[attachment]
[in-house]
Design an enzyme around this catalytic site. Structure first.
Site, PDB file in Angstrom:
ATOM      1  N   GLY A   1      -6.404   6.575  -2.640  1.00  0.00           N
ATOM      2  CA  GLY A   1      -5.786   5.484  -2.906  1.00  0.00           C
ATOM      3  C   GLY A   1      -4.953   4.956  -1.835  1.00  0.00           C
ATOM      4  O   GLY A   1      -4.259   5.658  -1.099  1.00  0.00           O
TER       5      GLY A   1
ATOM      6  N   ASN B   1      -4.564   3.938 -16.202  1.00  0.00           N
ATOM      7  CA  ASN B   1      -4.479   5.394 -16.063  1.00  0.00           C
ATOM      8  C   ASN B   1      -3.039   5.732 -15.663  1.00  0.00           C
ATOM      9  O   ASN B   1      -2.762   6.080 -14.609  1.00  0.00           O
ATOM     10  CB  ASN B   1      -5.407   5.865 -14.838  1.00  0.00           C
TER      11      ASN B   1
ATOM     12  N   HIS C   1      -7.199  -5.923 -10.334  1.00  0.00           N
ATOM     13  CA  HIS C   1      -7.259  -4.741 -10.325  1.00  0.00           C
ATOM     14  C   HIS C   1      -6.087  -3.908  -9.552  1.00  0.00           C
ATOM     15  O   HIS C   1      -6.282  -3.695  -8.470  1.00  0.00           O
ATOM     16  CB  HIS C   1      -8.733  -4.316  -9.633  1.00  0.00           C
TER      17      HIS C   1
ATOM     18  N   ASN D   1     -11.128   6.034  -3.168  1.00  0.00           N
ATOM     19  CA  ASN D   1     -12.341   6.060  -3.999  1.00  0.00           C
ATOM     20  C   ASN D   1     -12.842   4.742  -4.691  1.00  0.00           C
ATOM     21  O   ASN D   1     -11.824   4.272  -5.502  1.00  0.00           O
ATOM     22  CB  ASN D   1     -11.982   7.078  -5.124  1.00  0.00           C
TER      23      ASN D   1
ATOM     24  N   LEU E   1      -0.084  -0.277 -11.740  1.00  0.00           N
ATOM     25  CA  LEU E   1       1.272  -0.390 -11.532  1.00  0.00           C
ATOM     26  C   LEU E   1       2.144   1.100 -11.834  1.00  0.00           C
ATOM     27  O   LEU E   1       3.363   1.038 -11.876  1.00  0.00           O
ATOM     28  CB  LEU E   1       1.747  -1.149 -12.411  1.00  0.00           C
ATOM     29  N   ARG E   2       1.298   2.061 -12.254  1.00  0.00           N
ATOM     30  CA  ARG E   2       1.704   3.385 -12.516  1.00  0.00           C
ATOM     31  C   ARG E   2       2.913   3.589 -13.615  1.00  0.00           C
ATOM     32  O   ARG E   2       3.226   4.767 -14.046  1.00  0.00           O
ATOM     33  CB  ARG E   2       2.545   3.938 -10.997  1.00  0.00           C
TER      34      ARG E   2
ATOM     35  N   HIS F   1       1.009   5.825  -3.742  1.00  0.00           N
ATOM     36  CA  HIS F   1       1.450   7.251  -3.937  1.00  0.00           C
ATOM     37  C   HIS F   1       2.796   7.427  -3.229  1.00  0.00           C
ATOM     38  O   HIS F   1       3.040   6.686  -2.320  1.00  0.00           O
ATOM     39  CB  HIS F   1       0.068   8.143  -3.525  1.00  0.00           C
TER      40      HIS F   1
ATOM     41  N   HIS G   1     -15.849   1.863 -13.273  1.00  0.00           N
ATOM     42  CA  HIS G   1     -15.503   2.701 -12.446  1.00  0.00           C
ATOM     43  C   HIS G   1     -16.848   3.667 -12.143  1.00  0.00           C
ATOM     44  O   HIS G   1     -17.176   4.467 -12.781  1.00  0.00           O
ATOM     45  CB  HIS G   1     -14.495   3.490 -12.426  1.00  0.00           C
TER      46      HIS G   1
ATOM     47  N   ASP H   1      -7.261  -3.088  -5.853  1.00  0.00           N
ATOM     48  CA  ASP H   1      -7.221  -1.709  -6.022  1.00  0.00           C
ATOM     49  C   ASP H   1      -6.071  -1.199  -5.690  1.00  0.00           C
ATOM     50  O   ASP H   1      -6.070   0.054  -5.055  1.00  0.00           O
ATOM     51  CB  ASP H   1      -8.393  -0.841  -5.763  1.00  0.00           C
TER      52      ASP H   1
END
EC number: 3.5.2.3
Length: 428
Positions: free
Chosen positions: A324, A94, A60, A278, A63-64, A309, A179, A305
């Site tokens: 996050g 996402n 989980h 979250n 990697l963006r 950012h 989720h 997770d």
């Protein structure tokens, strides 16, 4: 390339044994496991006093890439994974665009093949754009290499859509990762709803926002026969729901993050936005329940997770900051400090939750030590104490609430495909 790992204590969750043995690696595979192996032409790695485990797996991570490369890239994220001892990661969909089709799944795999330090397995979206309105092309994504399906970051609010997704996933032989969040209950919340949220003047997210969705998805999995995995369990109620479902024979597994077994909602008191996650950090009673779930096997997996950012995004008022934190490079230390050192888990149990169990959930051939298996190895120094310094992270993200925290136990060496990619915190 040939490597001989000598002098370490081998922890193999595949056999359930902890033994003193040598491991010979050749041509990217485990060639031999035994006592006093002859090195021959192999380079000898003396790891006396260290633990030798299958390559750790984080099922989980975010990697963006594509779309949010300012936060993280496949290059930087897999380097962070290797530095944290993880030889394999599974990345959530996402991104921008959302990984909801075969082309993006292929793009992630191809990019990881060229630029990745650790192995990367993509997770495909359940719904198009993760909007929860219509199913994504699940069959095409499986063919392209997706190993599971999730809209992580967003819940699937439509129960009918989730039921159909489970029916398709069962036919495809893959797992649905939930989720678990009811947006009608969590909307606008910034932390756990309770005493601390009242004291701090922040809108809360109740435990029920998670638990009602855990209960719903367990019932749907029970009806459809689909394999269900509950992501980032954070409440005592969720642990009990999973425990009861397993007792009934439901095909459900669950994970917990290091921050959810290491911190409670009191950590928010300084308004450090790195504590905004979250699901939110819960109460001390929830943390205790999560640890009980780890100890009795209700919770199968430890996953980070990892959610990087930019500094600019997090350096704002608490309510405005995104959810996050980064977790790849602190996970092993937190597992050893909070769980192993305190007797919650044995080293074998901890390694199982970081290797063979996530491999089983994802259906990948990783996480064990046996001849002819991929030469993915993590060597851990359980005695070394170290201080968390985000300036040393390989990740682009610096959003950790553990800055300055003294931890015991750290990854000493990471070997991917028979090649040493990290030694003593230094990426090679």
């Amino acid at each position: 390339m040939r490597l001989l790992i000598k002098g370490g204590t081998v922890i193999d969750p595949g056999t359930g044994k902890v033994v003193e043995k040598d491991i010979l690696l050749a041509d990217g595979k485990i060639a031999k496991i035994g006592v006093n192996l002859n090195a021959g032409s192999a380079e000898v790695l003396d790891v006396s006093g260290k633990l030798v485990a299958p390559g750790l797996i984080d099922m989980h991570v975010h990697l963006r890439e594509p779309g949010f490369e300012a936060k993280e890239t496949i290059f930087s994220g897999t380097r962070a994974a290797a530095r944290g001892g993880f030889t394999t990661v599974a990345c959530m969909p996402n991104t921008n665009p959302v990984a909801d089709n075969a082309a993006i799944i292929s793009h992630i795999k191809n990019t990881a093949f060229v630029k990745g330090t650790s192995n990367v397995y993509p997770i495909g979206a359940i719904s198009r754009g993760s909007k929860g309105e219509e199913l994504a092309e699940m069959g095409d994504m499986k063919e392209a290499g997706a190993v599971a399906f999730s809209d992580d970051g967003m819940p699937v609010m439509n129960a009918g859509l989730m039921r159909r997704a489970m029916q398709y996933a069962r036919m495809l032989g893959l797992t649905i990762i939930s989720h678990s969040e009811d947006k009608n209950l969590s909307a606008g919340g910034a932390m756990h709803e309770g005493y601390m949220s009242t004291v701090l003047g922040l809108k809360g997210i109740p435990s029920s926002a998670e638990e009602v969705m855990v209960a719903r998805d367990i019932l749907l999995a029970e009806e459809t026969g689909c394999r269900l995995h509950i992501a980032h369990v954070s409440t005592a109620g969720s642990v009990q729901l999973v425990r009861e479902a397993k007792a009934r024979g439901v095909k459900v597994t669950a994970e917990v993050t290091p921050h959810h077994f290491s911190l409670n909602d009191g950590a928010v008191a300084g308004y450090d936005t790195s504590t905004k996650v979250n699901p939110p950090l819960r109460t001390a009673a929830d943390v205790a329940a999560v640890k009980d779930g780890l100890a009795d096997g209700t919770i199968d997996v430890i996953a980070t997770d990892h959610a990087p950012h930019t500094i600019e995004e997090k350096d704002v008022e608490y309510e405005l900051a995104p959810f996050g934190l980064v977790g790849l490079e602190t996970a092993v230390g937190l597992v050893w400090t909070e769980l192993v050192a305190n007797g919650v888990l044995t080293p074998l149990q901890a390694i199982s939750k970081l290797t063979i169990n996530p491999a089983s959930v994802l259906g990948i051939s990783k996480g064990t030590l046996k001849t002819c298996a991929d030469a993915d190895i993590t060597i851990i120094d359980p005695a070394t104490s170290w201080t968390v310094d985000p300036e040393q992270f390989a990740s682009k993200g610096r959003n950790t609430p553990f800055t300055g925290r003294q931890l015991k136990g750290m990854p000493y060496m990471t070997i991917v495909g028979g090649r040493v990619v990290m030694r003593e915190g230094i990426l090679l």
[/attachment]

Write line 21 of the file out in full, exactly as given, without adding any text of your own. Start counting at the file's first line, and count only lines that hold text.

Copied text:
ATOM     18  N   ASN D   1     -11.128   6.034  -3.168  1.00  0.00           N